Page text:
7.15.2012

Saturday on Sunday



If there is one thing I've picked up from the missus, it's that food tastes better when fresh. Fruit, veggie, or locally-raised meat and poultry; it doesn't matter. The less processed your food is, the happier your taste buds will be. With that in mind, we try to take a trip to the local Farmer's Market in town. Now, it's only one day a week (worth mentioning, anyway) and only for a few hours in the morning. If you can get there at the right time though, you'll come across some fantastic finds and save a lot of money. 

Not referring to people - they just get in the way of our conquest.


Obviously, it would be fantastic to have a year-round, world-famous farmer's market available (like, say, Seattle?), but we make do with what we've got. 

For dinner (last night), Kaitlin put her own spin on a recipe from Mastering the Art of French Cooking. I know what you're thinking: why would she put a spin on something from one of the queens of cooking?! Simply put, we were out of stuff. A few essential ingredients were missing, and it was already late; my wife isn't going to let a thing like that slow her roll. It was a simple baked chicken with sauce, and it was delicious.


Preheat the oven to 350, and prepare the sauce while waiting. To do so, mix up 1 1/2 tbsp of dijon mustard, 1 tbsp of worcestershire sauce, 1 tbsp butter, a chopped garlic clove, and three chopped shallots. Once this is done, trim the fat from the chicken, grease a 9x13 pan, and drop them in. Salt and pepper to your liking, then douse your poultry in the sauce and bake to completion. 

pictured: simple, but delicious

7.13.2012

Sauceless Shrimp Pasta

I am what my wife has dubbed (and I have cheerfully accepted) a "Foodiot." If it isn't explanatory enough, it is a portmanteau of "food" and "idiot." It's completely accurate; I don't ask what goes in it for fear of judging it prematurely. I wander around the house keeping the kids occupied and tidying up a bit, taking in the smells and remaining oblivious to the magic in the kitchen. When the time comes, either our daughter or I will set the table, mash up whatever we're eating so the baby can share the wealth, and sit down to stuff our faces. When Kaitlin is ready for everyone to eat, by the way, you had better be ready to eat. When she makes a new dish, she likes to see our face when we take the first bite; creepy though this sounds, it's just her way of judging her own work. Whether or not she likes it is irrelevant, she wants the world to like it. Hopefully, you guys will help with that. Tonight, we had a pasta that is currently unnamed. Don't let the title scare you off, this pasta is delicious. If you've got an idea for a name, feel free to comment and suggest!


-Start by boiling your water. Cooking the linguine will take longer than any other part of this, so get this going in the background before you even peel your shrimp.
-After you've peeled your shrimp (1 lb), throw them in the skillet with 2 tbsp of butter to get them nice and pink. We used fresh shrimp from the farmer's market over the frozen stuff. They got a dash of pepper in the cooking process, as well.
-While you're waiting on the shrimp to turn, get to work on the veggies! Kaitlin used a 1/2 cup of portobello mushroom, 1 cup of roughly chopped spinach, 1 clove of garlic chopped, and 3 sun-dried tomatoes. The tomatoes were simply Giada's jarred kind; substitute your own available brand there.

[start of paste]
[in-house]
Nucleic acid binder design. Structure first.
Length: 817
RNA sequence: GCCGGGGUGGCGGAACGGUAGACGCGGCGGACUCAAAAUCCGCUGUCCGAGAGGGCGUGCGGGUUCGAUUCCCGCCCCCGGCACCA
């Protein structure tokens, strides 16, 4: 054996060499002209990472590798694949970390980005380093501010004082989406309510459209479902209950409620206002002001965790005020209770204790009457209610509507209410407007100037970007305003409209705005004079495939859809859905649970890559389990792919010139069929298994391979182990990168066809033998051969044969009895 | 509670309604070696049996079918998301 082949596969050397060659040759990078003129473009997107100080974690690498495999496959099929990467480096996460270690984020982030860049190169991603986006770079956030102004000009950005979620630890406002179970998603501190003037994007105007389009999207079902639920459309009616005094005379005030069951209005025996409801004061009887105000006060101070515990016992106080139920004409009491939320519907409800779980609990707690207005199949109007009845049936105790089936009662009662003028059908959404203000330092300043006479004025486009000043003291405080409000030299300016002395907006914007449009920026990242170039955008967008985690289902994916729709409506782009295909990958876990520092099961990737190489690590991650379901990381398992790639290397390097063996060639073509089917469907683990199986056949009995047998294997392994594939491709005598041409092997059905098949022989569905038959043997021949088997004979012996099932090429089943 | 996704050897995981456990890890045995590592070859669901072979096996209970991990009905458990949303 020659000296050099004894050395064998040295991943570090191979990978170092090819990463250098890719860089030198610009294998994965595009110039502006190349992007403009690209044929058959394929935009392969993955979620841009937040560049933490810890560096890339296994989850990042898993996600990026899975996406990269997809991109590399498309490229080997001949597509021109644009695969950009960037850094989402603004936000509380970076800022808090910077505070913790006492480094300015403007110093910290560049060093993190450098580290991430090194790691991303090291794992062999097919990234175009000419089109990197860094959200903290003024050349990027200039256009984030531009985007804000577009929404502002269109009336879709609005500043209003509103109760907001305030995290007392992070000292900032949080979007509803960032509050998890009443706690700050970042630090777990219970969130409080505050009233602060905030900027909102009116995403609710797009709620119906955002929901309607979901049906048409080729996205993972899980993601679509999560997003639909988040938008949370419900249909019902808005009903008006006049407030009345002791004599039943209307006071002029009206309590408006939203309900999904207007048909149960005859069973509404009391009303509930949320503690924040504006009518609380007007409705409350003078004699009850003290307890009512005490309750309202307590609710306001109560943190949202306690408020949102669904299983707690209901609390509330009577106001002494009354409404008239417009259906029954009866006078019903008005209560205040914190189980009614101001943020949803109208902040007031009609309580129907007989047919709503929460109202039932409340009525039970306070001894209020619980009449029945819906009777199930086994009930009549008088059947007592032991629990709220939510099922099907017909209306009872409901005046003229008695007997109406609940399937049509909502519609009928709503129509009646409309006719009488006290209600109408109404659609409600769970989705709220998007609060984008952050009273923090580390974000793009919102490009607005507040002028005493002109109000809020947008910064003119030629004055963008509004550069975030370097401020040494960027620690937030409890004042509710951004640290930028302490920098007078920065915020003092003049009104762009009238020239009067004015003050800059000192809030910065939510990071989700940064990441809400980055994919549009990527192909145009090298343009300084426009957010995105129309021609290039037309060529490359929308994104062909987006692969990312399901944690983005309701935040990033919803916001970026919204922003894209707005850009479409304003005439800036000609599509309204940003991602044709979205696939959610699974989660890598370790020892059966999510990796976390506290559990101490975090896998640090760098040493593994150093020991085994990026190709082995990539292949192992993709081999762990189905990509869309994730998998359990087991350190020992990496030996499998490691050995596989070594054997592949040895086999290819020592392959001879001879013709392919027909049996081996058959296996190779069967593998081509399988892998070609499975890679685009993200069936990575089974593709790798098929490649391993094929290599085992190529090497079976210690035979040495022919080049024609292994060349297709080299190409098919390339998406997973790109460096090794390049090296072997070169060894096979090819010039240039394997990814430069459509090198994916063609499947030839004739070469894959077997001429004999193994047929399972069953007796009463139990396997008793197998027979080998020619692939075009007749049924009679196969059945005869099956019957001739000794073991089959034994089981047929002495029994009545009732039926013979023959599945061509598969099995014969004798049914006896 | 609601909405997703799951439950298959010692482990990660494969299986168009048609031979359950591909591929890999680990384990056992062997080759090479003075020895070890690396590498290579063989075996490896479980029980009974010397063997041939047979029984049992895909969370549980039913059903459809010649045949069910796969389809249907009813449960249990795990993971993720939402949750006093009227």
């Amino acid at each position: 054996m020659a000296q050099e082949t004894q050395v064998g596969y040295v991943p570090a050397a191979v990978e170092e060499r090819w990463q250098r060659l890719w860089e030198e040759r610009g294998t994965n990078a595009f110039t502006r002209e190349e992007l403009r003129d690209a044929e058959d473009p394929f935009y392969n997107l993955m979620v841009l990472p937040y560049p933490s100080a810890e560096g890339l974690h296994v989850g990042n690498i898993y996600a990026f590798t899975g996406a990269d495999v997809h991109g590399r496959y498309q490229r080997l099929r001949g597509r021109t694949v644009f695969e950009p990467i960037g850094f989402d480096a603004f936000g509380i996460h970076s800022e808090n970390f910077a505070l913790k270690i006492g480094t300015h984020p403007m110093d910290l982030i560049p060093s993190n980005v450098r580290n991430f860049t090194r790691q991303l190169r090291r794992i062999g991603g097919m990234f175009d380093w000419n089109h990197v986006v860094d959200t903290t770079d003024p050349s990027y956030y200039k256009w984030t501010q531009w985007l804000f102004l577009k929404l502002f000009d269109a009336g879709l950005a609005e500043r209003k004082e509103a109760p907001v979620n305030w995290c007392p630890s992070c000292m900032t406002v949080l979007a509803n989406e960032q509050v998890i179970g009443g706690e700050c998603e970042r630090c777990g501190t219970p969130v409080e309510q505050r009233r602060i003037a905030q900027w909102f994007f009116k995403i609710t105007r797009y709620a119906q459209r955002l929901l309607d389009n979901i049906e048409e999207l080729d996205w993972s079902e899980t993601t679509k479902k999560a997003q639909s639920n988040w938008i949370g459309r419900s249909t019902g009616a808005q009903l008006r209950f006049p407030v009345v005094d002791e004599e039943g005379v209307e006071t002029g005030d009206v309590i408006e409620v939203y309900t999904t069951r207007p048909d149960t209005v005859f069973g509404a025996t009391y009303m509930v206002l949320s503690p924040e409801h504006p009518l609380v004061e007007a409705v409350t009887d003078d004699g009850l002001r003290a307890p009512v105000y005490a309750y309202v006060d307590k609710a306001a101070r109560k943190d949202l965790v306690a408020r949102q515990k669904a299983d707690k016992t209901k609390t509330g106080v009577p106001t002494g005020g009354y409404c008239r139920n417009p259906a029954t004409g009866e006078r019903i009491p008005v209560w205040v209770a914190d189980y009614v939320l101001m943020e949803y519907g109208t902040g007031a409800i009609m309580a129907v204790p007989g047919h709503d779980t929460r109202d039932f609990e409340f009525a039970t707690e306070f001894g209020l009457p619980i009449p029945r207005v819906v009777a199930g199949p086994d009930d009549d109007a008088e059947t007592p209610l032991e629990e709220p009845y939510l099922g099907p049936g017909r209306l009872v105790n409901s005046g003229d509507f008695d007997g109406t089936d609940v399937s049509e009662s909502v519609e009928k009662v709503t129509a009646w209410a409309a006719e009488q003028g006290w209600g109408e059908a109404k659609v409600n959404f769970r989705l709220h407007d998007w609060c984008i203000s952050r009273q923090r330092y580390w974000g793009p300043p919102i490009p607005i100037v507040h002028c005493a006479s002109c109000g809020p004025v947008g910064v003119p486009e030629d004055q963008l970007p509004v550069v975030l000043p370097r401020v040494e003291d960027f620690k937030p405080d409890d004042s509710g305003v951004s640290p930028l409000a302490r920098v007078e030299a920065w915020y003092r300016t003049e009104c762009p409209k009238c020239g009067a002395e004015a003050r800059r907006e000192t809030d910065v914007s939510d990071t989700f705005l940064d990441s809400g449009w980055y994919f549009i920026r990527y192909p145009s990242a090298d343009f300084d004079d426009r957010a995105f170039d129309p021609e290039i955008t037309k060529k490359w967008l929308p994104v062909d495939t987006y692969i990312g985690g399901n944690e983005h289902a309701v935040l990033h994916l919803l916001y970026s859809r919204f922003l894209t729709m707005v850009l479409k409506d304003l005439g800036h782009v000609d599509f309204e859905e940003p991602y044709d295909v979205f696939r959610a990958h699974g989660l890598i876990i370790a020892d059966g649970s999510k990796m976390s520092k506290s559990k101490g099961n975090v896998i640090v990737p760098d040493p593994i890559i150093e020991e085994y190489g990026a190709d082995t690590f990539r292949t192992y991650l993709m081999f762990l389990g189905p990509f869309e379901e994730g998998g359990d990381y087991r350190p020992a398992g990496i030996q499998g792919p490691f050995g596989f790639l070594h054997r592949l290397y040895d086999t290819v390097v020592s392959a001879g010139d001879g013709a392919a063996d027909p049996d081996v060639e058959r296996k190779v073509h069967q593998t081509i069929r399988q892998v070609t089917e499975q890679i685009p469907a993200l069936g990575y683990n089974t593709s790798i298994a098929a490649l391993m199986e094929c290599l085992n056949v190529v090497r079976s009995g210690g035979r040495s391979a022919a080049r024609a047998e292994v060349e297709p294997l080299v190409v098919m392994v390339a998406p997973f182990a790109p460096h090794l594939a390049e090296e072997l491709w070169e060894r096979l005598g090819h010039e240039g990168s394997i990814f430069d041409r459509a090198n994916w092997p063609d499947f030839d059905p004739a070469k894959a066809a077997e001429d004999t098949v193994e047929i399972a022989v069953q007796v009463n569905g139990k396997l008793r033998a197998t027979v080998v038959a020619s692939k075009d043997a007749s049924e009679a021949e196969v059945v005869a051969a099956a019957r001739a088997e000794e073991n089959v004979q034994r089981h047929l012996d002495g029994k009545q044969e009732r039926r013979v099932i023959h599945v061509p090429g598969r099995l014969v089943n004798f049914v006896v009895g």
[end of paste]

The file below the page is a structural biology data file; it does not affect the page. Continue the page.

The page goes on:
-Once the veggies are chopped and ready and the shrimp looks cooked, switch them out. Add another bit of butter to your skillet and sauté the veggies quickly. Add the shrimp back in and leave the heat on medium for about five minutes. Turn to low if your pasta isn't ready.


-When the pasta is cooked, throw it in with 1 tablespoon of tomato paste and mix it up. Add cream cheese to the point you are comfortable with. Kaitlin didn't add much because I'm not a huge fan, but I honestly couldn't taste it; it basically helped impart a creamy texture.


-Plate it, and you're done! We really hope you enjoy this as much as we did. Make sure you come back and leave a comment to let us know.



7.12.2012

The Introduction

While we (and by we, I mean me) will keep tinkering with some things under the hood, this site is largely ready to go. Kaitlin and I are new at this, and are largely clueless as to what the daily content of this site will be outside of a major obsession of this household: food!

The colors!
 While I am building this blog in my summer leisure time, Kaitlin is at work. I teach history to 6th graders, she is privy to international secrets and explosive materials. Actually, she works for an oxygen company in the office, doing important things with Excel and paperwork that I can't begin to fathom. In addition to that, we both go to school full-time. Factor these things in, throw in two (adorable) children,

Pictured: (adorable) children
 and you can see how things stay busy. The best way we've found to relax, talk, and laugh, is at the dinner table. I'll save you the statistics of children and family dinners, but rest assured that it is cheaper, more enjoyable, and a stress reliever (unless you hate your family, then dinner isn't your main problem). Kaitlin wants to share her glorious cooking with the world, and this is how we're going to try it. Be warned, she doesn't use hard measurements. It isn't likely I'll be able to pry teaspoons and fluid ounces out of her any more than you can pry the truth out of a politician. When you follow the basic outline, though, you'll end up with stuff like this:


Healthy, delicious, and not bad to look at. We don't have a lightbox, we don't have a two thousand dollar camera, and we don't have top-of-the-line cooking utensils. We're a working family that wants to be happier and healthier. Who knows how we'll do?